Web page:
[From Tufts November 2010 Issue]
We recently got a 9-year-old border terrier from a breeder. She is a great little dog — affectionate and well trained. She had a seizure last week that made her very stiff and shaking. It lasted about three to four minutes.
After it passed, she was herself again and suffered no ill effects that I could see. We took her to the vet, and he said he heard about this — it is called canine Epileptoid Cramping Syndrome — but he did not know very much about it. The breeder told me that our dog had a seizure about five years ago.
I am very concerned because we do not know how to handle this. Is it dangerous and life threatening? Can anything be done about it? If you have any information or suggestions, it would be most appreciated.
Arthur and Arleen Guscow
You have surprised me with a new syndrome! Neither I nor our veterinary neurologists had been aware of Canine Epileptoid Cramping Syndrome
(CECS). After a little research, I discovered that CECS occurs in the border terrier breed and is of uncertain cause.
Signs may include cramping, staggering, trembling, dizziness and/or intestinal cramping. Dogs typically remain alert and responsive during episodes that last from a few seconds to several minutes. I contacted a veterinary neurologist from Missouri who explained that episodes may occur only once or twice never to recur, or unpredictably recur with increasing or decreasing frequency.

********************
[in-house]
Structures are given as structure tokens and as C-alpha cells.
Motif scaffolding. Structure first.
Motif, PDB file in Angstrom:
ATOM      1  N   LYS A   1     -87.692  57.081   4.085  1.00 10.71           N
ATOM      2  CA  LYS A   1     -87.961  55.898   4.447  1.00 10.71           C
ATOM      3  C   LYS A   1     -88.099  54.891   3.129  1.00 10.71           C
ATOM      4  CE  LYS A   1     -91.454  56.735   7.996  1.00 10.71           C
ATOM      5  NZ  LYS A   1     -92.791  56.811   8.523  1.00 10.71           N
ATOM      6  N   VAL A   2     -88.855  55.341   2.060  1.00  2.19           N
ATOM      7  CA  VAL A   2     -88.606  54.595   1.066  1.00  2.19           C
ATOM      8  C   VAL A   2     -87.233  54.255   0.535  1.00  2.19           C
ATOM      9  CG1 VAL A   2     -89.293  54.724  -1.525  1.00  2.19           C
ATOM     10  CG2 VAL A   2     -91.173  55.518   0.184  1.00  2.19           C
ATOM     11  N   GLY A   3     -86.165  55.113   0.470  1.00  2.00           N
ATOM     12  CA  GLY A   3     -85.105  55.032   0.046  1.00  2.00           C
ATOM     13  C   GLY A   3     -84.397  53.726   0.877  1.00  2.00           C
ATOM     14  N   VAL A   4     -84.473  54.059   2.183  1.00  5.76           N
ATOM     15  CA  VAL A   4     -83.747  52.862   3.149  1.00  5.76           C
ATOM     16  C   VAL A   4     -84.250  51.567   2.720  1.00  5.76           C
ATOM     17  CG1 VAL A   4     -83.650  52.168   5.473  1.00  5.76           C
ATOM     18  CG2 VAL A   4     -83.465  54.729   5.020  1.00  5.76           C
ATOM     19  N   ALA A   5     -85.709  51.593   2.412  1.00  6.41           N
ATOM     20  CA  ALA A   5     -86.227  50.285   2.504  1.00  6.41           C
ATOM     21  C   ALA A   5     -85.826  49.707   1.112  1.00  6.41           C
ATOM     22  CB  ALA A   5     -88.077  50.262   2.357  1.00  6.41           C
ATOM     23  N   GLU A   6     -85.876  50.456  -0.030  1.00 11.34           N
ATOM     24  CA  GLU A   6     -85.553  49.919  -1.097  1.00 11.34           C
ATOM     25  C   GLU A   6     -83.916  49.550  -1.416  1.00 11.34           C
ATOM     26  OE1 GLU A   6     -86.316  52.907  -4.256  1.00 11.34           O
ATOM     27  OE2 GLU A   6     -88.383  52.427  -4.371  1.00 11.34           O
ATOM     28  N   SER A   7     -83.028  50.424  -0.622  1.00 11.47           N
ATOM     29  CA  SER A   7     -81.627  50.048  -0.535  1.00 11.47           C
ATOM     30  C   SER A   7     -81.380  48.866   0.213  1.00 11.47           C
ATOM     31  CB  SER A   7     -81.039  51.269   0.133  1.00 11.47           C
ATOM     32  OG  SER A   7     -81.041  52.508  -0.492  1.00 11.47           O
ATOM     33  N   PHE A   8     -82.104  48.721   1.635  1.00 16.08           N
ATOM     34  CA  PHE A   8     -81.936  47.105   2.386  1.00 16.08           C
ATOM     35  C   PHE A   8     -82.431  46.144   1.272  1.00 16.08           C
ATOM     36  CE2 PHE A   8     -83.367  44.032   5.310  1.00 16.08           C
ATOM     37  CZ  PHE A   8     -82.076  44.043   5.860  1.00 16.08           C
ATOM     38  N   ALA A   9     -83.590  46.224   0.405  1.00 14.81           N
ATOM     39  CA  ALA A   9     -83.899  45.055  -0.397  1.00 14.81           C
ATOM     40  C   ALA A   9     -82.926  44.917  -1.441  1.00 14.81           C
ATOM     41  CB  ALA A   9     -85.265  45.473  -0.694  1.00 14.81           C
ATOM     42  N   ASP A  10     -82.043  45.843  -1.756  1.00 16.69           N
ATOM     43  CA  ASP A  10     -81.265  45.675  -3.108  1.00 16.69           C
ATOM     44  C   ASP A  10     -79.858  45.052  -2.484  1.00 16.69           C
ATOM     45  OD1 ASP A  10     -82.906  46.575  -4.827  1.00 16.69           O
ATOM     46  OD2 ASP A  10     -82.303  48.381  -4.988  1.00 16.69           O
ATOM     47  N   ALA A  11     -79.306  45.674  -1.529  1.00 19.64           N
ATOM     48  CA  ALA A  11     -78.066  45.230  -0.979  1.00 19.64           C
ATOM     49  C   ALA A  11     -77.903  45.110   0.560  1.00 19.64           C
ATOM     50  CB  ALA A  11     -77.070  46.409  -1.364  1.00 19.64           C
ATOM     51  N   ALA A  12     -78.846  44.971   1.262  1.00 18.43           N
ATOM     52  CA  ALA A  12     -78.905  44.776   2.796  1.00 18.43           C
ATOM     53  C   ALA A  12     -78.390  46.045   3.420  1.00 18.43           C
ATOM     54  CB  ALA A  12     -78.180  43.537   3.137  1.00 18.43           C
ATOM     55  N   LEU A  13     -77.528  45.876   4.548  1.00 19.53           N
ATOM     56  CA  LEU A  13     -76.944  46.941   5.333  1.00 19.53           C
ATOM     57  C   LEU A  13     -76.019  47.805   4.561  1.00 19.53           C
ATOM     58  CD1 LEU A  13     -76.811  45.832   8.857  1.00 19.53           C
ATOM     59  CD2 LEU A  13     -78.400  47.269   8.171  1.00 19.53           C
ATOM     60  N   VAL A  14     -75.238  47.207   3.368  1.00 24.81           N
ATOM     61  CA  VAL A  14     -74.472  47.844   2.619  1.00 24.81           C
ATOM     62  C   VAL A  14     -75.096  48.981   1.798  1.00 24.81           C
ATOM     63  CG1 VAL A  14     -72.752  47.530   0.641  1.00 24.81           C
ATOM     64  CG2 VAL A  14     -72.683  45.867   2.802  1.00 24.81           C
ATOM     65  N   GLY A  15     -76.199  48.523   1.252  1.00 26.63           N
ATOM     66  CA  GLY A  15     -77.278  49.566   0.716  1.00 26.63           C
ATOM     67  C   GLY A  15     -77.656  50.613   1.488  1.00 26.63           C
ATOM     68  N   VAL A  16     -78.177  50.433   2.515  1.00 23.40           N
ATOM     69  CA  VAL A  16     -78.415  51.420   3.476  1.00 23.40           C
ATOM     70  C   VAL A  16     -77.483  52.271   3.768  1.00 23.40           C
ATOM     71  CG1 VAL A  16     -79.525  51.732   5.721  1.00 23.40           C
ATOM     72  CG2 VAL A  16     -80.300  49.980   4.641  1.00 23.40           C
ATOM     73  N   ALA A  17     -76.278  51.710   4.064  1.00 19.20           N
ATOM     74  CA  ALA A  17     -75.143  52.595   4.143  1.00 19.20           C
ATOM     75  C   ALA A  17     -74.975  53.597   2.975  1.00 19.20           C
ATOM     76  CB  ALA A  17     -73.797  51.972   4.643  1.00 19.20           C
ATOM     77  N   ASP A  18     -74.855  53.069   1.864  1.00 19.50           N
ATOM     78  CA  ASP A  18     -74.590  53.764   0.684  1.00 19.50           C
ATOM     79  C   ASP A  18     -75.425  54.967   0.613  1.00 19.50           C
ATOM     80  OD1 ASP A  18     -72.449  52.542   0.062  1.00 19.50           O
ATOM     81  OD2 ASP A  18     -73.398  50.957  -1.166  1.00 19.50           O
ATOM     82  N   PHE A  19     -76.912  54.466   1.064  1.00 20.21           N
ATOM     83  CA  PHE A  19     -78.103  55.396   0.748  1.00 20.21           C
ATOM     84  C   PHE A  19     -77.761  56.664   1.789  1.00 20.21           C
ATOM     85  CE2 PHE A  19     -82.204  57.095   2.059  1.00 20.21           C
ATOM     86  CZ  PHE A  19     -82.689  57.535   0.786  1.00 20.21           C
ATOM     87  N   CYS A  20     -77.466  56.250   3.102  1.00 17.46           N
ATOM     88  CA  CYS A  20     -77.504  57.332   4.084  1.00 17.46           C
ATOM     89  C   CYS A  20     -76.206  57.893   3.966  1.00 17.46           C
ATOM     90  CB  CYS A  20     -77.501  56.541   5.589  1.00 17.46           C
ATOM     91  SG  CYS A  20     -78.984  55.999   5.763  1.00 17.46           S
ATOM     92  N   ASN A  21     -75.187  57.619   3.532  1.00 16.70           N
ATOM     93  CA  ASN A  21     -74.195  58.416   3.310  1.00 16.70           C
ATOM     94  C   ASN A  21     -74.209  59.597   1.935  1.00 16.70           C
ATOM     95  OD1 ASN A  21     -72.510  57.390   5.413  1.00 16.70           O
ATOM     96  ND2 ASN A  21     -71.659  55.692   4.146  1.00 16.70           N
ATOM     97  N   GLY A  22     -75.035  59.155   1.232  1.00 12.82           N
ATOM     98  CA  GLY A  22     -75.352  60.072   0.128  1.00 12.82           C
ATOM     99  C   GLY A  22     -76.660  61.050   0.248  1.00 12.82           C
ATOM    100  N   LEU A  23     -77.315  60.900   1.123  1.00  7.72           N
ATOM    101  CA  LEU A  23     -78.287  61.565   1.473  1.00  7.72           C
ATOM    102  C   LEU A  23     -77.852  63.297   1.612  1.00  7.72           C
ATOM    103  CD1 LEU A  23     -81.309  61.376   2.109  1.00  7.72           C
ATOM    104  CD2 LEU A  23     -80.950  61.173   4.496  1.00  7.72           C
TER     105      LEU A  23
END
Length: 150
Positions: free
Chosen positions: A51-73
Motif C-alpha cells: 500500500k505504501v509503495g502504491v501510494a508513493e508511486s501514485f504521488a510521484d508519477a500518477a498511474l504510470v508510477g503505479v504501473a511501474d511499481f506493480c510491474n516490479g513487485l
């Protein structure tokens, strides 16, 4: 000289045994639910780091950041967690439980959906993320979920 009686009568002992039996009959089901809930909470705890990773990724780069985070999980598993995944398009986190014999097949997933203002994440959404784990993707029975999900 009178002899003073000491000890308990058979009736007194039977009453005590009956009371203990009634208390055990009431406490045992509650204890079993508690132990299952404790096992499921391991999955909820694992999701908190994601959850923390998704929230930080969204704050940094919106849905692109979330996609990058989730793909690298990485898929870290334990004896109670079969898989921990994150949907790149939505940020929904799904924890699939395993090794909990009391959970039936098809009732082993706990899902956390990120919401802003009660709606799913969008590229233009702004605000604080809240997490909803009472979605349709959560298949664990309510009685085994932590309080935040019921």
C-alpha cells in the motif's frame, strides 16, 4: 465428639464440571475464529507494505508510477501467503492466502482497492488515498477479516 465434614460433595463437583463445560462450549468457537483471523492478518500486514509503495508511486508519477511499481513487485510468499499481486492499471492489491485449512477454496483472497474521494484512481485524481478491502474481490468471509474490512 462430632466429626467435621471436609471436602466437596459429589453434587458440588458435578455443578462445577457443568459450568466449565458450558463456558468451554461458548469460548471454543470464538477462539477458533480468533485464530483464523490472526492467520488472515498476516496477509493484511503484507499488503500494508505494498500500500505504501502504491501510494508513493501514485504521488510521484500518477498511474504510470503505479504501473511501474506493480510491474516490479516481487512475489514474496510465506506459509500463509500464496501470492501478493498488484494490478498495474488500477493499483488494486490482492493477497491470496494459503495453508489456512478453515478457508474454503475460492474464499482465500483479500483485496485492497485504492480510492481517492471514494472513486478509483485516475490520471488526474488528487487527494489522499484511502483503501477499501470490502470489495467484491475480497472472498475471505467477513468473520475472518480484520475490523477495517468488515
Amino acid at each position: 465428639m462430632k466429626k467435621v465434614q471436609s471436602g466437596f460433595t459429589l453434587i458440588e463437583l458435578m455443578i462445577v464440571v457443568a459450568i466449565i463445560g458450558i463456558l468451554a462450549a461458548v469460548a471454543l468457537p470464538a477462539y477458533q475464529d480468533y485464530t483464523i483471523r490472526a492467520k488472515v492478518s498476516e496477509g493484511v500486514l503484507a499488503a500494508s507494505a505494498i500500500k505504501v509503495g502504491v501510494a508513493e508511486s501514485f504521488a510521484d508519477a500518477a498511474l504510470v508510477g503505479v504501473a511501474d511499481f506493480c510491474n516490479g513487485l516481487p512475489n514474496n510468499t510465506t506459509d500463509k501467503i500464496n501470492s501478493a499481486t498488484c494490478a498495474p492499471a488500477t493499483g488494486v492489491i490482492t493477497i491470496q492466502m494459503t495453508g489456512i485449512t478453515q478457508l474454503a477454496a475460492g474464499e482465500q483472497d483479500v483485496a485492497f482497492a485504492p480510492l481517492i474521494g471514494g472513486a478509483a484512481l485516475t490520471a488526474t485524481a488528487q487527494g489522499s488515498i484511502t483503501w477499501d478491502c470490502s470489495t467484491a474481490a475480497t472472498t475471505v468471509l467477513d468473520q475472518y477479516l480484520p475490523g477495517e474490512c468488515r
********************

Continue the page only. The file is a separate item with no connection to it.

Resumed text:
No treatment is known to be effective in all cases; however, this neurologist suggested trying antiepileptic medications (in case the event is secondary to seizures) and if not effective, trying medications useful to relieve muscle cramping.
Since you have seen only one episode, I would advise you to watch for more events and not begin medications unless their frequency is known. If medication was started at this time, and the event never recurs, it would be difficult to ascertain whether the medication was truly effective or whether the disease simply did not recur, exposing your pet to the potential risk of long-term medication.
One Web site I recommend for further reading (including descriptions, photos and videos of actual episodes) is www.borderterrier-cecs.com. Owners with affected dogs are requested to obtain a videotape of the event and send a blood sample to one of the sites currently studying this syndrome. Only with further research can we discover what causes and how best to treat this syndrome. Best of luck to you and your pet.
Michael Stone, DVM, ACVIM
(Small Animal Internal Medicine)
Clinical Assistant Professor